With a foot still firmly rooted in the fantasy field, Colin “Merlin” Morgan (most recently seen briefly in The Huntsman sequel) leads the cast as forward thinking psychologist Nathan Appleby in this Somerset-set Victorian period drama which explores the tension between life’s extremes: the past and the future, tradition and revolution, rural and urban, adolescence and adulthood, the occult and science, ignorance and knowledge, and – as the title makes abundantly clear – the living and the dead.

“An exciting but very, very awkward phase…”

In this opening chapter, London-living Nathan and his caring second wife, Charlotte (Charlotte Spencer), inherit Nathan’s family farm, Shepzoy House, and move back to the country after his mother’s passing during the Summer solstice celebrations. How will the rigid and resistant household – led by farmhand John (Steve Aaaaaaaah! Oram) – react to this new beginning, with the young generation of Appleby’s determined to modernise the operation and turn the farm’s fortunes around?

The series’ strong theme is so deeply ingrained as to be almost overwhelming, especially when Nathan’s pioneering expertise is called upon to deal with the vicar’s child, Harriet Denning (Tallulah Haddon), who is morphing from a “dream daughter” into a remote and troubled young woman with a disturbing tendency to talk in a gruff manly voice. Is her mind being warped by the “dangerous” books she is reading; is she frightened by her own sexuality into creating a splintered alter ego; or is she possessed by the spirit of dead down and out, Abel North (David Sterne)?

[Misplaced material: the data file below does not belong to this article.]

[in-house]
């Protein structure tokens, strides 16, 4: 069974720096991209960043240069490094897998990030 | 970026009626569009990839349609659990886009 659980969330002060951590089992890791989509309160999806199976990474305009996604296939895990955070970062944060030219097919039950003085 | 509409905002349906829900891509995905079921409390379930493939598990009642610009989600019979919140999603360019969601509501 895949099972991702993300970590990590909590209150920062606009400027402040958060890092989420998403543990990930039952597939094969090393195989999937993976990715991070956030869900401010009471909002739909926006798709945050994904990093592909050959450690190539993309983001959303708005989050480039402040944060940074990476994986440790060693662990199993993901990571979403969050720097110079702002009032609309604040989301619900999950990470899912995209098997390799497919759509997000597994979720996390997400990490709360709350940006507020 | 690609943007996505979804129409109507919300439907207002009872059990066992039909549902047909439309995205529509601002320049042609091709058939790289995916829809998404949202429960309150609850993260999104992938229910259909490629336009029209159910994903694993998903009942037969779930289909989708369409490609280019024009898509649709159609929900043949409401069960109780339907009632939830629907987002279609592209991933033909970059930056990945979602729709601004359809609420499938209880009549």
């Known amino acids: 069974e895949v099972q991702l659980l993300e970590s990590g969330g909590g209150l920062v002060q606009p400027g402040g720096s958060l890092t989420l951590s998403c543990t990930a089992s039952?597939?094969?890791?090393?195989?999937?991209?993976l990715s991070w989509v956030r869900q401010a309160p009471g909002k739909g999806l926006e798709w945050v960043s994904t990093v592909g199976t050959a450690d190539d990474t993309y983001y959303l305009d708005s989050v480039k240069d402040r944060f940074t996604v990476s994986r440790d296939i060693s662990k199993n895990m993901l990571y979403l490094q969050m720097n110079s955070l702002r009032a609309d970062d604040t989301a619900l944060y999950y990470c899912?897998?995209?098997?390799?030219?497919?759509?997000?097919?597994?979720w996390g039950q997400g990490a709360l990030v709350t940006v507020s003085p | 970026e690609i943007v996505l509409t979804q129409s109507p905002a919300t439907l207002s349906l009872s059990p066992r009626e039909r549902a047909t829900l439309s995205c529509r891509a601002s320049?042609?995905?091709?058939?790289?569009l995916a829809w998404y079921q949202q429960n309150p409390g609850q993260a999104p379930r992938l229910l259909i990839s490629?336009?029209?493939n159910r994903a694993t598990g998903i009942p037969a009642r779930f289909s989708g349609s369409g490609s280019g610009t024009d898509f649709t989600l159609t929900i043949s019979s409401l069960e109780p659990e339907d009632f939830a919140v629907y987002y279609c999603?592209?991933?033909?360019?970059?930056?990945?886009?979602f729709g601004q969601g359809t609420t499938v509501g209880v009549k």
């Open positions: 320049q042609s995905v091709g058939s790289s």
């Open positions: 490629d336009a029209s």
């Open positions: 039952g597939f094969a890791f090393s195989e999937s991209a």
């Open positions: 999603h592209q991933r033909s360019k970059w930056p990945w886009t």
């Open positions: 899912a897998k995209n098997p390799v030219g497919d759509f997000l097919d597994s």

“Fresh fruit waiting to be plucked…”

With the locale and musical score provided a folksy, Wicker Man-esque atmosphere (further aided by flickering candle-light and shadows highlighting a sense of otherness), The Living and the Dead is more successful in conjuring a slow, macabre air of tension and dread than it is at shocking set-pieces. Tallulah Haddon’s competence at creepy impressions is chillingly unnerving – particularly when she starts needling at Nathan’s tragic past – while John’s ominous fate is filmed in too delicate a manner to leave an impact.

I was fully expecting this scene-setting first hour to do little more than establish the characters and arching themes, so was mighty surprised when Nathan resolves Harriet’s case. Clearly future instalments will see the psychologist tackle other instances of supernatural manifestation, while his haunting past continues to plague his present state of mind. If episode two can continue just as expertly in its tension-ramping storytelling, then The Living and the Dead will continue to mesmerise – but it could perhaps do with taking its foot off the thematic throttle a bit; subtly over transparency will see this spooky series soar.

CR@B’s Claw Score: 4 stars

Aaaaaaaah! (Blu-ray Review)